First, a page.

SILENT and contemplative, Walter Cronkite sits on the African plain with a fossil skull in hand, turning it before his eyes. You almost expect to hear ``Alas, poor Yorick...'' but instead, Mr. Cronkite says, ``This is the skull of a modern human being.... He died about 100,000 years ago.... I wonder what he was like.... How he imagined his world.''
Staged effects like that - and Cronkite's very presence - turn out to be exactly the ingredients needed in a rewarding four-part series that debuts Sunday at 8 p.m. on the Arts & Entertainment network, airing nightly through Wednesday.
It's called ``Ape Man,'' but don't let the Tarzan-like title mislead you. This documentary on how early humans evolved is an academic heavyweight. It taps dozens of prominent experts, was shot on location around the world - much of it in Kenya, Tanzania, and South Africa - and skillfully brings together the latest thinking on just how ``hominids,'' as these early humans are called, got that way.
Prehistoric anthropology tends to trigger visions of hot, dusty digs, with fossil-hunters hunched over as they sedulously search for a scrap that might fit in the jigsaw puzzle of current evolutionary theory. There are plenty of such scenes in this show, but an arsenal of production devices - like eye-catching graphics and the program's basic skill at communicating - turns arcane data into something not just palatable but downright tasty.
The material may not have the potential for drama inherent in ``Dinosaurs,'' an earlier series hosted by Cronkite on A&E, but at heart the ideas in ``Ape Man'' are even more intriguing. Its subject has been the focus of several recent TV shows and books, many of them at least partially outdated within months of appearing. This show is particularly good at seeing through the mass of minutiae and conveying the sweep of the message, the wonder and unique relevance of the material. ``We all want to know who we are,'' says Cronkite at another point. ``I want to take you back. To the very beginnings of human life.''
And that's exactly what the series does, telling us not only about the history of early humans, but the history of the subject itself. We learn of fossil discoveries that sent electric shocks through academia - like the Taung skull, which in the 1920s placed human origins in Africa rather than Asia, as previously thought. We learn of ``Lucy,'' the skeleton named after a Beatles song that was playing in the African camp when it was discovered.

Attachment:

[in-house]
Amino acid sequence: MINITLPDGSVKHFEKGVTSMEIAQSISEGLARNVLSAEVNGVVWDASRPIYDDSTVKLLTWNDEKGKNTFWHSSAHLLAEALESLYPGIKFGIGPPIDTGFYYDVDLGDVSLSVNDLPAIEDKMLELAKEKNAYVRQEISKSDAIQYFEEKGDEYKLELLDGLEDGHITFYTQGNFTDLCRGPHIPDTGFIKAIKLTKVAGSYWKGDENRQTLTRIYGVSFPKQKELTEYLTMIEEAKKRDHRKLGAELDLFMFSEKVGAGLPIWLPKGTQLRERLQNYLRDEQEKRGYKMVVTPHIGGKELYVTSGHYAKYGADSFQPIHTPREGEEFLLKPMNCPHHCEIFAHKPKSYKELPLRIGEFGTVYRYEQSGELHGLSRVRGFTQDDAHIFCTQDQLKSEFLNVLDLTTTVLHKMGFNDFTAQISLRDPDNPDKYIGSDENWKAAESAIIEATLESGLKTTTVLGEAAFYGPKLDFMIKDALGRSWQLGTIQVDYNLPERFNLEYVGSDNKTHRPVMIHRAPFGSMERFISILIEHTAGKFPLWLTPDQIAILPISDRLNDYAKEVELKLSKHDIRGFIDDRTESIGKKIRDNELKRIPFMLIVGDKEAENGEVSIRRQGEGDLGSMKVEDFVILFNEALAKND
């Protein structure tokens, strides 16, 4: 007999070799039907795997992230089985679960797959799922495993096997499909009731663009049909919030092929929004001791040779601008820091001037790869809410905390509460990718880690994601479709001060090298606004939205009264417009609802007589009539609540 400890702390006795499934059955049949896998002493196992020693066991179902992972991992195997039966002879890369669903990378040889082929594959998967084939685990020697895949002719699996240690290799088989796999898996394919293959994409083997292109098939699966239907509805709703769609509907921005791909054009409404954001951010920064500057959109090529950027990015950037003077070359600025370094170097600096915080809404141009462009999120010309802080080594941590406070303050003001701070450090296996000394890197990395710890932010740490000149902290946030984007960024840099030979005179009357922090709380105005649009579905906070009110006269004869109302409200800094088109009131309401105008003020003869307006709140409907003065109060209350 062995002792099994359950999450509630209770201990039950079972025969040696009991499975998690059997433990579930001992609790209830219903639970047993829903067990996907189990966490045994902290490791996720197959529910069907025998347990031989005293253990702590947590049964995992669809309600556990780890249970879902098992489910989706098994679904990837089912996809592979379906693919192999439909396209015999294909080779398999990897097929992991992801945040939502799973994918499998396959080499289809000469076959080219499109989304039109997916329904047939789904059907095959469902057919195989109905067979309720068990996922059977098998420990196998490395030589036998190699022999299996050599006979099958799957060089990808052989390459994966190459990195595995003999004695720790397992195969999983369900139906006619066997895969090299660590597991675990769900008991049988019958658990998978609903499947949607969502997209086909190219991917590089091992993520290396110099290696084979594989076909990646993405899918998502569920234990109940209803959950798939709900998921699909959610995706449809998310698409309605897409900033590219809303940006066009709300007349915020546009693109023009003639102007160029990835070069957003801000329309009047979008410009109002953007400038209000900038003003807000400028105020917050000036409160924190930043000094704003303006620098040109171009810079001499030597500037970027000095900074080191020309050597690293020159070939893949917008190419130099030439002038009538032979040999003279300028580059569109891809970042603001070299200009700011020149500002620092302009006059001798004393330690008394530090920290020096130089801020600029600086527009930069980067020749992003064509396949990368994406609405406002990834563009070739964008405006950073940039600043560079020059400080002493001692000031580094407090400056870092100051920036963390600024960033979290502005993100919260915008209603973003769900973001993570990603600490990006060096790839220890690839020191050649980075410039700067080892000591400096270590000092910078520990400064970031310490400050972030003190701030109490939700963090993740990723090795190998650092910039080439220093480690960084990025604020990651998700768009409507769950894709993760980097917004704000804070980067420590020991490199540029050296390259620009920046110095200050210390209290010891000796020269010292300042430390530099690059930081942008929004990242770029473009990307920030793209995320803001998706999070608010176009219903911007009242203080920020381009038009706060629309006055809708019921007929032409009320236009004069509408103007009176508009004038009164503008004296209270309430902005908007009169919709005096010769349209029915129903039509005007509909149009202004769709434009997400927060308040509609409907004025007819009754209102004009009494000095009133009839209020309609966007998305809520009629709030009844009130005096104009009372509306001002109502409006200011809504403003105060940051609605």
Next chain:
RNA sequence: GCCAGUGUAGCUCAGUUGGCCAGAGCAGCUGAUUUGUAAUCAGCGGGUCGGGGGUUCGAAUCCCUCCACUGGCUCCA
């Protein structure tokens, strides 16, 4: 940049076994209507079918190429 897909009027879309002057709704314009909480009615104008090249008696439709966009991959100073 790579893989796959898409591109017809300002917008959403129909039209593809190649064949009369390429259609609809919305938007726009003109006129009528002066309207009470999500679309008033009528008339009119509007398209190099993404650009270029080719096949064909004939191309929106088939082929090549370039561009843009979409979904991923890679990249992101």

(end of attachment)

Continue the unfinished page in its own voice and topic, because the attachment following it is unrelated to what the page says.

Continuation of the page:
Dr. William Kimbel of the Institute of Human Origins shows us the skeleton of Lucy's pelvis and explains, patiently but not patronizingly, how it proves she walked upright.
Further clues about when and how prehumans started walking are seen in a famous set of footprints made in the African earth. They were left there ``3 and 1/2 million years ago,'' Cronkite says in tones more portentous than any we have heard from him since he covered the rocket-launching that took man to his first moon walk 25 years ago.
You can't blame him for his excitement. After all, these prints are ``the smoking gun of bipedalism,'' as Owen Lovejoy of Kent State University, in Kent, Ohio, explains. It's a point that could easily have been lost if stated more matter-of-factly as the camera scanned the ancient trail.
OK, the eerie music and some of the graphics do get a little dramatic, but in the main, the show meets the tricky challenge of making science interesting without trivializing it.
Most important, it helps you gain a sense of the triumph of intelligence as mankind evolved. The program illustrates how many hominid species there were - some enduring a million years or more - and how just one survived. It's an instructive topic.